Behind the Scenes at a CS:GO Gambling Site

I recently had the pleasure of working as a back-end developer for a CS:GO gambling site. These controversial sites allowed Counterstrike: Global Offensive players to trade and gamble “skins“, which are basically in game models and art.  Each skin has a rarity and real value, like old-school trading cards. The value is based on a game company called Valve who issues the skins and determines rarity and an open market of players who buy and sell them.  All the sites like ours relied on Steam; Valves online gaming platform and store. The market for these type of sites grew large under Valves hands off approach (some estimating a billion dollar industry), and dozens of gambling sites popped up, we were one of them.  Eventually there was too much negative press surrounding these sites and Valve felt it necessary to shut the sites down. We closed our site on July 19th 2016.

The Beginning

I had been contacted by a friend to help him work on the back-end for a CSGO gambling site, so I was able to get involved with the development of the site from the ground up. I personally had never heard of these types of sites and knew nothing about the market for skins. It sounded like a very interesting and challenging project.  A lot of big numbers were thrown around, so I said sure, i’ll help.

My role grew to what was eventually become the games master.  I wrote, optimized and maintained the flagship games on the site.  The CSGO gambling market was already pretty saturated at this point, with dozens of sites out, but our team was confident this would be a success. I had no idea, i just took their word for it. Our first software commit was April 3, 2016.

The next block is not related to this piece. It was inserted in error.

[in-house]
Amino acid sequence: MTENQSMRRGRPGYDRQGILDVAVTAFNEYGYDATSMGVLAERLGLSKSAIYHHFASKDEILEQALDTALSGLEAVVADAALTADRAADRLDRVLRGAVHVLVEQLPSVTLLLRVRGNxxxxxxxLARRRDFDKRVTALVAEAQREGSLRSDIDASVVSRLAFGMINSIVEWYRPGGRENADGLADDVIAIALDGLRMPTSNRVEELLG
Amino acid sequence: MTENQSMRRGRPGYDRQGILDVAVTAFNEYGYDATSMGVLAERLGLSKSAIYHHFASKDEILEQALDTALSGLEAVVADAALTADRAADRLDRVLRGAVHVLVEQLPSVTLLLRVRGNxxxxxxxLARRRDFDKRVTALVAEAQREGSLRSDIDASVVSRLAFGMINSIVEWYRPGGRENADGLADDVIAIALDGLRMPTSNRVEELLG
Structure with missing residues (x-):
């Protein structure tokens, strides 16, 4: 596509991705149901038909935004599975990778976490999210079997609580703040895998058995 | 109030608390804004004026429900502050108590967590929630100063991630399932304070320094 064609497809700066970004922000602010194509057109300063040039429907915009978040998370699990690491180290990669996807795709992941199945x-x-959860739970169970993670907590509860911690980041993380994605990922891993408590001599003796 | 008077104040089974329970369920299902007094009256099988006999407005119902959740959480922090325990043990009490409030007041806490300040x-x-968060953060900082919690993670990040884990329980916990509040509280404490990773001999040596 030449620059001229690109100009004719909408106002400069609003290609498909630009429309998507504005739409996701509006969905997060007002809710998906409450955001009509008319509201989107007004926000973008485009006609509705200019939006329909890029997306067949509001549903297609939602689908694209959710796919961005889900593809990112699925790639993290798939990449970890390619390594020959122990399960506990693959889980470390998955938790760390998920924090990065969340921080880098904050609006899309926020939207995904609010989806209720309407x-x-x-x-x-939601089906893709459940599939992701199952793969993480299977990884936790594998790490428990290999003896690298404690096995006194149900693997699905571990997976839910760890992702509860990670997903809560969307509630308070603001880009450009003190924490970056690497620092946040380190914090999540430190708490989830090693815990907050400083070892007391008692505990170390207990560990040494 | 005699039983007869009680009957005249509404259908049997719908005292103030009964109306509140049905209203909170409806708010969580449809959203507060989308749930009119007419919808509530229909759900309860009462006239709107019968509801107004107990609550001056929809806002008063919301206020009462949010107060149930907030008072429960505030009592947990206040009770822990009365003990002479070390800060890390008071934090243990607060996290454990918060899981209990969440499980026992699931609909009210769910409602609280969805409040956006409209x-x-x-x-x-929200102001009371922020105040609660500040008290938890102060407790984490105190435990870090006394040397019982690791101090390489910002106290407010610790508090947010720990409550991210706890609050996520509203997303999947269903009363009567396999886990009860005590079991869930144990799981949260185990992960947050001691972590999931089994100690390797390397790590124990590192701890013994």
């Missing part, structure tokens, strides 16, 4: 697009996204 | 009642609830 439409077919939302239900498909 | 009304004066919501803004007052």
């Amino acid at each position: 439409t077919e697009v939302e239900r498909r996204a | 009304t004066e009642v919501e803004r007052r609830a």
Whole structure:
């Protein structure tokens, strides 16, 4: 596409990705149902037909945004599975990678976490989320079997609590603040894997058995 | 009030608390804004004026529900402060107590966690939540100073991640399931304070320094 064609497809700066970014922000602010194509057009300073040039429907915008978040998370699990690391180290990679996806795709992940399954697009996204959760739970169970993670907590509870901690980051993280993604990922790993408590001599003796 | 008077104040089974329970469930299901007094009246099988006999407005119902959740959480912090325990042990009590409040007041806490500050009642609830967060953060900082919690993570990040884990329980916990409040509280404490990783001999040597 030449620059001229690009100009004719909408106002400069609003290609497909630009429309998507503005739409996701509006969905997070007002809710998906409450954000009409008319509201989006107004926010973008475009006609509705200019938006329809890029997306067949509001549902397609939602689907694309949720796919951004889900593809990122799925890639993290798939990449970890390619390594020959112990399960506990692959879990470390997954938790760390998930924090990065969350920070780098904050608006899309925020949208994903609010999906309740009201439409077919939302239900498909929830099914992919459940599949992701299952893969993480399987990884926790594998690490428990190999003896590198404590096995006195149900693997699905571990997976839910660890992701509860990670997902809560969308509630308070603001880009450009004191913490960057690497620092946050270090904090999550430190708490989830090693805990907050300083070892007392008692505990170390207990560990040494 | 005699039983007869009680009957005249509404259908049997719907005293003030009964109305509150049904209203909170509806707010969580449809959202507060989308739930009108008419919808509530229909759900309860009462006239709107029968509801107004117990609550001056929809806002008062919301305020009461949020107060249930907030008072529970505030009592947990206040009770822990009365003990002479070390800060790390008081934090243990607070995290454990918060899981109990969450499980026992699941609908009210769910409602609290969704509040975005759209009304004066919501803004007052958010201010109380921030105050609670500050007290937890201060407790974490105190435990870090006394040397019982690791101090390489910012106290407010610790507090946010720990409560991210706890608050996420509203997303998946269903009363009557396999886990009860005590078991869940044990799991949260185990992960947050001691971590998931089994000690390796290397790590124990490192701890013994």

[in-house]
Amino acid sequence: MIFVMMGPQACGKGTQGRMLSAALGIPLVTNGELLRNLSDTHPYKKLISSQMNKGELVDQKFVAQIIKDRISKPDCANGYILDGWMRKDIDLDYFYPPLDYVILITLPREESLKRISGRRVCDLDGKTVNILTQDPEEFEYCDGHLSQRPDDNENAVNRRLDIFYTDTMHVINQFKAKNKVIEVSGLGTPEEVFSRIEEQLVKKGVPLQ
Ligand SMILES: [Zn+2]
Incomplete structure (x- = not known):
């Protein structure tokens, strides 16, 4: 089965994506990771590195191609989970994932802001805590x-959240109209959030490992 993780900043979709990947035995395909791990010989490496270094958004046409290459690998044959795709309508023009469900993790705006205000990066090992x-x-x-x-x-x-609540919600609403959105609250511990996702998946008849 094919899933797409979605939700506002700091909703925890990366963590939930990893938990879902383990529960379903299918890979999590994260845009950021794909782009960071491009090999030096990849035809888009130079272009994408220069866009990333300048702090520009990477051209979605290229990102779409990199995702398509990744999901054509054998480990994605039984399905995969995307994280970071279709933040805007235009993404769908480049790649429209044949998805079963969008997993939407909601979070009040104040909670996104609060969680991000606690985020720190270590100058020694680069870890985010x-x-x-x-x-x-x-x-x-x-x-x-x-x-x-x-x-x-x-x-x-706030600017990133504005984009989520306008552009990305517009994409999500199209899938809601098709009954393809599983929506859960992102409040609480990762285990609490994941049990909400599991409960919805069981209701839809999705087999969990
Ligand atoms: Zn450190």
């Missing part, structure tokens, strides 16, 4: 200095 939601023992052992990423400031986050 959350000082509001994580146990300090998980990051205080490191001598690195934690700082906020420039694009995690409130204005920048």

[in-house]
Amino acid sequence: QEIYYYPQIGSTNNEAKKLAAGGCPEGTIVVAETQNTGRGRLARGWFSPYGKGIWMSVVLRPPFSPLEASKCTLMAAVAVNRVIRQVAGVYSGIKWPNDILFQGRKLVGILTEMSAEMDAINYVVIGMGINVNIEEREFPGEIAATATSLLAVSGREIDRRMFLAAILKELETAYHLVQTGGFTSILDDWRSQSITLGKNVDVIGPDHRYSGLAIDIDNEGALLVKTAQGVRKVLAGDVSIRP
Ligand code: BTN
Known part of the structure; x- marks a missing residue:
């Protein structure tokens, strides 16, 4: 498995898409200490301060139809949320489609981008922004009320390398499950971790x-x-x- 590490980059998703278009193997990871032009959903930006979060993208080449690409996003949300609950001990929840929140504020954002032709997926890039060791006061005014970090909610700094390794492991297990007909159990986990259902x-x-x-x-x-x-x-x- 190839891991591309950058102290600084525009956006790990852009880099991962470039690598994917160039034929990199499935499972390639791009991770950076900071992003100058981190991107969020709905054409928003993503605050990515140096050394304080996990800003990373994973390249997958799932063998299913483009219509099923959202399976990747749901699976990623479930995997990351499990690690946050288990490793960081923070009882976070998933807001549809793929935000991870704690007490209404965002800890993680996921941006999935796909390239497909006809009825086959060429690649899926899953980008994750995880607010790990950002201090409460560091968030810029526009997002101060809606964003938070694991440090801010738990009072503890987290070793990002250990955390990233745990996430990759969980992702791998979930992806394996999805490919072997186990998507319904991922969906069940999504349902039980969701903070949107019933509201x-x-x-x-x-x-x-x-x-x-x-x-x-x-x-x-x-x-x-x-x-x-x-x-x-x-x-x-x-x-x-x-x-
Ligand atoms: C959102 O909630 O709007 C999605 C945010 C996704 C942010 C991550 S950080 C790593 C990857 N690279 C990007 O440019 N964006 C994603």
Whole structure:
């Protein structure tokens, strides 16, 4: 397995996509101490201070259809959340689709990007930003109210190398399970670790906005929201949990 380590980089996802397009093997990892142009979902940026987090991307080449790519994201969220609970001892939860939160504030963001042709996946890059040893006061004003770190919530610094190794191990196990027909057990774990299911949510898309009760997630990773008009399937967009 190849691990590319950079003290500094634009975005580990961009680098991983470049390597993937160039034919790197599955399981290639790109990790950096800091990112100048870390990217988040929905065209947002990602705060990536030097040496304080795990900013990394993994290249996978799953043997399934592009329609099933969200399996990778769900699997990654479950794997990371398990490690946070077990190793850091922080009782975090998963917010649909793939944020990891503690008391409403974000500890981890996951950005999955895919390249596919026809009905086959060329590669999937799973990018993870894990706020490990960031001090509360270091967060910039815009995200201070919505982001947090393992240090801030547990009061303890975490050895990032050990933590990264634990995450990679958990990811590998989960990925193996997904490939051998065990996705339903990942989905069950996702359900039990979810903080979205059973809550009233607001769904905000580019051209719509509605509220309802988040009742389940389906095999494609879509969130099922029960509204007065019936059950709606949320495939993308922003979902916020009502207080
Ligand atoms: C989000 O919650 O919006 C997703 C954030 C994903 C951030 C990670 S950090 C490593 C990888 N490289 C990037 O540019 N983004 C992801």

The Team

The entire core team was 5 people. 1 front end developer, 2 back-end developers , 1 marketing, and 1 sales.  I would consider myself sort of a minor member on the team, since I was brought in second hand, but my contributions were significant enough to warrant a small percentage of the revenues.

The front end, marketing and sales people had previous experience creating their own CS:GO gambling site. They sold it – but their back-end guys stayed with the old site.  They wanted to start a new invite-only site, this is why my friend and I were brought on. Eventually we would bring on several site administrators and moderators to help manage the community, but for the most part the team was small and everyone had their critical roles.

The Site

Our site differed from most of our competitors because we were invite only. You had to know someone who was a member to get in.  Sort of a gimmicky thing, but it seemed to work. It made us feel a little more exclusive to players and we offered rewards for members who referred their friends.

We also had many games, while most other sites focused on 1 or two. We added several experimental games as well.  We tried to be very interactive with our players, we had an email support system which allowed players to contact us with problems. We had site moderators and admins who managed the chat and reported any issues as well. We did weekly surveys to get feedback about the site for improvement. I think many of these gambling sites get a bad rap for being scammy, but the “culture” of our team was to do what we could to resolve players issues and take feedback to improve the site for them.

Most of our popular games were copies of what was already out there.  We launched with 2 games, one we called “Bust”, a clone of BustaBit – originally a bitcoin based gambling game.  The other was a simple coinflip game which pit two players against each other and tossed a coin to select a winner. We would eventually add on several more “classic” games including trivia, roulette and jackpot and made them provably fair when it was applicable.

The Tech